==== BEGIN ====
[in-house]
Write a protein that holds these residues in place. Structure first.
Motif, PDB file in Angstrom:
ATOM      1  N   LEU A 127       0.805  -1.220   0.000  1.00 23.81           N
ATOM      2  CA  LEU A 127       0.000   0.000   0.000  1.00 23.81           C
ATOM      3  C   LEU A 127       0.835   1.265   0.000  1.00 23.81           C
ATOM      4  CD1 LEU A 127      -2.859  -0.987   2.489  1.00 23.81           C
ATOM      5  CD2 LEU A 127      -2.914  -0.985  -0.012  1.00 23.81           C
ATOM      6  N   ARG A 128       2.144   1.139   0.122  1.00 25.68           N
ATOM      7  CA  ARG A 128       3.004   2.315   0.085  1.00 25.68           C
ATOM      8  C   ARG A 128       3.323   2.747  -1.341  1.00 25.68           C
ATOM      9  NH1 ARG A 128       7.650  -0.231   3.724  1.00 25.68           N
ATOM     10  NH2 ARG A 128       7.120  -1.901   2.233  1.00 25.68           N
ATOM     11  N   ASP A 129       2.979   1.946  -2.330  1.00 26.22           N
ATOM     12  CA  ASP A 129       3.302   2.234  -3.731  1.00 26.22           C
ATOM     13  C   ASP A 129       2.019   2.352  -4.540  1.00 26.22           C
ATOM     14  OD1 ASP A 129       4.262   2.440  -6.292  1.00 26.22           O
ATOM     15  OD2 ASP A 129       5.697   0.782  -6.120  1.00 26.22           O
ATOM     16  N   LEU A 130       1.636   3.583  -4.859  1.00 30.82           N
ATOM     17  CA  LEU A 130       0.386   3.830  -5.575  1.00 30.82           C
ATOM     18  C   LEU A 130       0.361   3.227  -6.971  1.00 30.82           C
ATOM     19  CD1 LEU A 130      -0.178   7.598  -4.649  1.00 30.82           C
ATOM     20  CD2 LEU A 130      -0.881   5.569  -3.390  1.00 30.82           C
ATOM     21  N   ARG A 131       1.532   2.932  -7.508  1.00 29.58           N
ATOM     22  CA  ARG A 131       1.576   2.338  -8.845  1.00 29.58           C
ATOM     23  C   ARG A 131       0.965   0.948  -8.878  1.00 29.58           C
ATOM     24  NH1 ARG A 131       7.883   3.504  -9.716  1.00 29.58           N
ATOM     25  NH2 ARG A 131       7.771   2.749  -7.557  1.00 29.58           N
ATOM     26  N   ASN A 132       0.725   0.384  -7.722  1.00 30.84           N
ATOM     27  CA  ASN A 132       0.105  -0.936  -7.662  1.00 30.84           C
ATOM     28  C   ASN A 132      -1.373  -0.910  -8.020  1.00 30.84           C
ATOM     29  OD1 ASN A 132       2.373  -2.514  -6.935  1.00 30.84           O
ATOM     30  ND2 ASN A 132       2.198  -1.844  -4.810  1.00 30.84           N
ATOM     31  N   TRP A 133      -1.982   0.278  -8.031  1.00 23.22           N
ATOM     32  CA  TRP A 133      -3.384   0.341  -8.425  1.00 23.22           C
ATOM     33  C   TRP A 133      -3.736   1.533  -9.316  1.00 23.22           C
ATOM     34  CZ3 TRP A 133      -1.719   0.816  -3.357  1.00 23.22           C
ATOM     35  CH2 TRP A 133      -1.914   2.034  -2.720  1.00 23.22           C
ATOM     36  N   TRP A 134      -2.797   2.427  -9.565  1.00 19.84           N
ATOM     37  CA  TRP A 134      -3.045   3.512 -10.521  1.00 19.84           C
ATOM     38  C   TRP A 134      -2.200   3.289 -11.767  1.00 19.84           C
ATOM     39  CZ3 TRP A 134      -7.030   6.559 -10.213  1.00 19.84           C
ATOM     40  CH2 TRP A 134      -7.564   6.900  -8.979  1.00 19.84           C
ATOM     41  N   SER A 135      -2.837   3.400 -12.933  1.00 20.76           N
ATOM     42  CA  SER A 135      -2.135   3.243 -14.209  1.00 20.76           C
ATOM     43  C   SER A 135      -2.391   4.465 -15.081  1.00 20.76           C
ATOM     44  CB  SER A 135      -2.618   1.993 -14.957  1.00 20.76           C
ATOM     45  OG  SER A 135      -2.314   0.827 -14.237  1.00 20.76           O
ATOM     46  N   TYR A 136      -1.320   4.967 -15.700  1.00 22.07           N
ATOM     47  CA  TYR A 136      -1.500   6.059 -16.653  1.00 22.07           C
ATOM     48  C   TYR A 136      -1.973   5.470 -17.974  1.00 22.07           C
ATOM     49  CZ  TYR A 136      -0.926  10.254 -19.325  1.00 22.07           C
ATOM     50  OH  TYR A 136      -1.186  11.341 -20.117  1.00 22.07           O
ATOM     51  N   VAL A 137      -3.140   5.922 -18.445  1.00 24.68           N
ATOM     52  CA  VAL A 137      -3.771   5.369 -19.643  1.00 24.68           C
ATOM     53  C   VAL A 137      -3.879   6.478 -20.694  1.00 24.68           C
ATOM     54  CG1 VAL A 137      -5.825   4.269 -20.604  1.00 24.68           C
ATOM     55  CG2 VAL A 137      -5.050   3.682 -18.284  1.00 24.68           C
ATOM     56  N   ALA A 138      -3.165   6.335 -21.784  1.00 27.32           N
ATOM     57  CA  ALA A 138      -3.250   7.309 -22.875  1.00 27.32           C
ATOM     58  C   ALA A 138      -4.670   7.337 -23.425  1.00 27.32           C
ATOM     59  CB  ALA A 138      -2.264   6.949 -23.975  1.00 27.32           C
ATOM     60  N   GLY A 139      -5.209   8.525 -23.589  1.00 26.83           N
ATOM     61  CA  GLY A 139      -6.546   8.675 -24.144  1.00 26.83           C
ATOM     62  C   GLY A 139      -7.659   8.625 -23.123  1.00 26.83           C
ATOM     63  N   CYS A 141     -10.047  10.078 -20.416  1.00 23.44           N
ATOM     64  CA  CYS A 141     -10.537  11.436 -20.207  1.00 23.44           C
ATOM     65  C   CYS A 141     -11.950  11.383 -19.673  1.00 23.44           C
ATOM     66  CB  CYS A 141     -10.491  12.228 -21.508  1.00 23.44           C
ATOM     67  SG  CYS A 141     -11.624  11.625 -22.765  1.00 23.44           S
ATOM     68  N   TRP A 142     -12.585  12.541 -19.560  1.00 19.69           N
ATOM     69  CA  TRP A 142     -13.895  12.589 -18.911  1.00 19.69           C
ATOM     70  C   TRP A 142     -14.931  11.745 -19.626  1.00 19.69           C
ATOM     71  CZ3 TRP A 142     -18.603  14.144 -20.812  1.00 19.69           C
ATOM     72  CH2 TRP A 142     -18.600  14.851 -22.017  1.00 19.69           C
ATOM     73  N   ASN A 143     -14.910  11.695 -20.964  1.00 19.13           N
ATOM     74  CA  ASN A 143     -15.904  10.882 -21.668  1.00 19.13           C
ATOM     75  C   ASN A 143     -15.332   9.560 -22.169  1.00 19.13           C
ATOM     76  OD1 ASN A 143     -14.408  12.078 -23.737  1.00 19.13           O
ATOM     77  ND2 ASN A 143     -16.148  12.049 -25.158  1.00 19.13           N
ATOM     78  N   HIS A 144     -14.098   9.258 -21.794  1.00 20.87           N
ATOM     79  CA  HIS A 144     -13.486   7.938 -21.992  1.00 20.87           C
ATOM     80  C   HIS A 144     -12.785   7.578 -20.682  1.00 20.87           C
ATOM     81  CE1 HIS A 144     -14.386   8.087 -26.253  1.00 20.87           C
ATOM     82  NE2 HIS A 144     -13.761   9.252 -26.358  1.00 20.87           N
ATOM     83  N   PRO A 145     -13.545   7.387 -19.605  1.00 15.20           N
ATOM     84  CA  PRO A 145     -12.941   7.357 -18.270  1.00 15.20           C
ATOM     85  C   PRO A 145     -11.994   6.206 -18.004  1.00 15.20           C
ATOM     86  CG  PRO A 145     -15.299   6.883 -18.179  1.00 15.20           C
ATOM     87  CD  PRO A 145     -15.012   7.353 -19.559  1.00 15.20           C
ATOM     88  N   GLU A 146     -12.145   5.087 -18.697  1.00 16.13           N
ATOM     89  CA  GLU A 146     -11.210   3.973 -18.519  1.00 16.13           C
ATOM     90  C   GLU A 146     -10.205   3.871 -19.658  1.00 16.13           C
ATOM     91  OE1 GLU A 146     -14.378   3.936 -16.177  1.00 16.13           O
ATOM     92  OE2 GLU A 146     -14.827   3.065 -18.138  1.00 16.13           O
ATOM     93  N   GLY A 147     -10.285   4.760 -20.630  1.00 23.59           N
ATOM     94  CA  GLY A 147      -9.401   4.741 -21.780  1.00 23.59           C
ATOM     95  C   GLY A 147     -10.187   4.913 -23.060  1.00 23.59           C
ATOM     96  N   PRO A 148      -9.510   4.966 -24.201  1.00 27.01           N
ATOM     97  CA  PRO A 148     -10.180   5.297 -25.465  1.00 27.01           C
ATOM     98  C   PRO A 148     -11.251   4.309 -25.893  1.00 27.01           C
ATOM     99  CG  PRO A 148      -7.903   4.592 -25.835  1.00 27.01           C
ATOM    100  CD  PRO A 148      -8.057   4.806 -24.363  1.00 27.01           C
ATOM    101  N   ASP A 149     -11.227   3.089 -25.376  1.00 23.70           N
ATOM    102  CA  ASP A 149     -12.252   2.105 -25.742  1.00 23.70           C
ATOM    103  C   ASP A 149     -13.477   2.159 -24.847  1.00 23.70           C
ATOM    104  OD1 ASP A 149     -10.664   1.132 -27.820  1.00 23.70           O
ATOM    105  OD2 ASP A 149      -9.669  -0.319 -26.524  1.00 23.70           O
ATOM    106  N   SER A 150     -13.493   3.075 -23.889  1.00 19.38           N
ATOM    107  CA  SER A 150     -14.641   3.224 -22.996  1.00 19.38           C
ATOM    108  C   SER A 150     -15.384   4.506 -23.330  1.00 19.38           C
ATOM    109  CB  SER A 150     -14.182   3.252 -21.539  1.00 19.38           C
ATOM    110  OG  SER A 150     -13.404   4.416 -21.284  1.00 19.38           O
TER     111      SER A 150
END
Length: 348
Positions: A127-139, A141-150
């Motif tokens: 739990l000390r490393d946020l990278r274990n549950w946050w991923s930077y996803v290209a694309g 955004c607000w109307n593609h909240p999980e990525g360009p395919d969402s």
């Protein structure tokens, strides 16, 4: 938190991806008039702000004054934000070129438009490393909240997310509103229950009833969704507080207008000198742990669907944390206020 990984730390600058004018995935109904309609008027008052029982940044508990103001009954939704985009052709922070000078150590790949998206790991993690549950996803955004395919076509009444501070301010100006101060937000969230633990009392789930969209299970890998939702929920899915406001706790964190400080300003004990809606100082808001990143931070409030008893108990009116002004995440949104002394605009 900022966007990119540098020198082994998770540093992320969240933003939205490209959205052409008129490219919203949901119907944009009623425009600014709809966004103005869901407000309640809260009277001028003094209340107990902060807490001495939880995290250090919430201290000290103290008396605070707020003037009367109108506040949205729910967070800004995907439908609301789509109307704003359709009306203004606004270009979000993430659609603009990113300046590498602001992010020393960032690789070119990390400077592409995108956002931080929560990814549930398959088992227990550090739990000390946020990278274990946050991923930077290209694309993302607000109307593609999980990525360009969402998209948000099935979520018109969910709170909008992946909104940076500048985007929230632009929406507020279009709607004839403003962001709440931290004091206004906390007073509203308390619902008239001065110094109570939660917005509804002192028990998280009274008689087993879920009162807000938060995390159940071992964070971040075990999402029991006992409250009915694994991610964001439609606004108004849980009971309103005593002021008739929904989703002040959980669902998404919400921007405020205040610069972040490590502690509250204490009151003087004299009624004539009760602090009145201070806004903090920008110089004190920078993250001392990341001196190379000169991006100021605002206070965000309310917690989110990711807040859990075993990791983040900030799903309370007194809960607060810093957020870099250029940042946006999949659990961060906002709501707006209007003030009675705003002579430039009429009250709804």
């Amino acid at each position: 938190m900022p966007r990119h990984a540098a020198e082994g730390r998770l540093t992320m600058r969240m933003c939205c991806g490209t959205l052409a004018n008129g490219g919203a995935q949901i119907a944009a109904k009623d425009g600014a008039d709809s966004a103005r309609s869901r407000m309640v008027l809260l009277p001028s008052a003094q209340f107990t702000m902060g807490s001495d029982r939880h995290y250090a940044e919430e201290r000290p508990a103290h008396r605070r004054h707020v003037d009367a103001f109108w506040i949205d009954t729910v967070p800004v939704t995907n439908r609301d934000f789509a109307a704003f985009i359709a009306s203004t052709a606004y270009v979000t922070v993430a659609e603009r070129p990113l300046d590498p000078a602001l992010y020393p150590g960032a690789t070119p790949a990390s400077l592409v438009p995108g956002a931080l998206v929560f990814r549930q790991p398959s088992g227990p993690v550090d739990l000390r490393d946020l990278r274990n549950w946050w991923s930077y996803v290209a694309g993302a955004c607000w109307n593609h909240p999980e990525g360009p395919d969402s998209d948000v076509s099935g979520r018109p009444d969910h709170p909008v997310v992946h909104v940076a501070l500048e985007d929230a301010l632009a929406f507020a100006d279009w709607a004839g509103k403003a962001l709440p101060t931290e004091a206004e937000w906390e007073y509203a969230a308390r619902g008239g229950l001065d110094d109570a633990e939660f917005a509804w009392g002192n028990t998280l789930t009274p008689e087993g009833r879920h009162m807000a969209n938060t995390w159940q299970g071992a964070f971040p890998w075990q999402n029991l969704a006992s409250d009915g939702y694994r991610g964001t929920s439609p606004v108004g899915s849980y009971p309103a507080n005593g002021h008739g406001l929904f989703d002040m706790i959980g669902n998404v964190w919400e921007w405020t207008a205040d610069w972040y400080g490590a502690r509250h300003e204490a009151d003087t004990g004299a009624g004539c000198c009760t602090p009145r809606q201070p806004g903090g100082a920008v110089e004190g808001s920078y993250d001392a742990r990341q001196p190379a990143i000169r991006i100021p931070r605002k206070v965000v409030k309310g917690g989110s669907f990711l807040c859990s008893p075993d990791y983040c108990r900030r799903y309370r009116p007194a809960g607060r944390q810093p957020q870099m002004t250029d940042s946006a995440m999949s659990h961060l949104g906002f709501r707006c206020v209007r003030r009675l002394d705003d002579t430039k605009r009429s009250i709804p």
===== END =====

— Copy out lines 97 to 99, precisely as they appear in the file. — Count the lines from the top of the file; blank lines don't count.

ATOM     94  CA  GLY A 147      -9.401   4.741 -21.780  1.00 23.59           C
ATOM     95  C   GLY A 147     -10.187   4.913 -23.060  1.00 23.59           C
ATOM     96  N   PRO A 148      -9.510   4.966 -24.201  1.00 27.01           N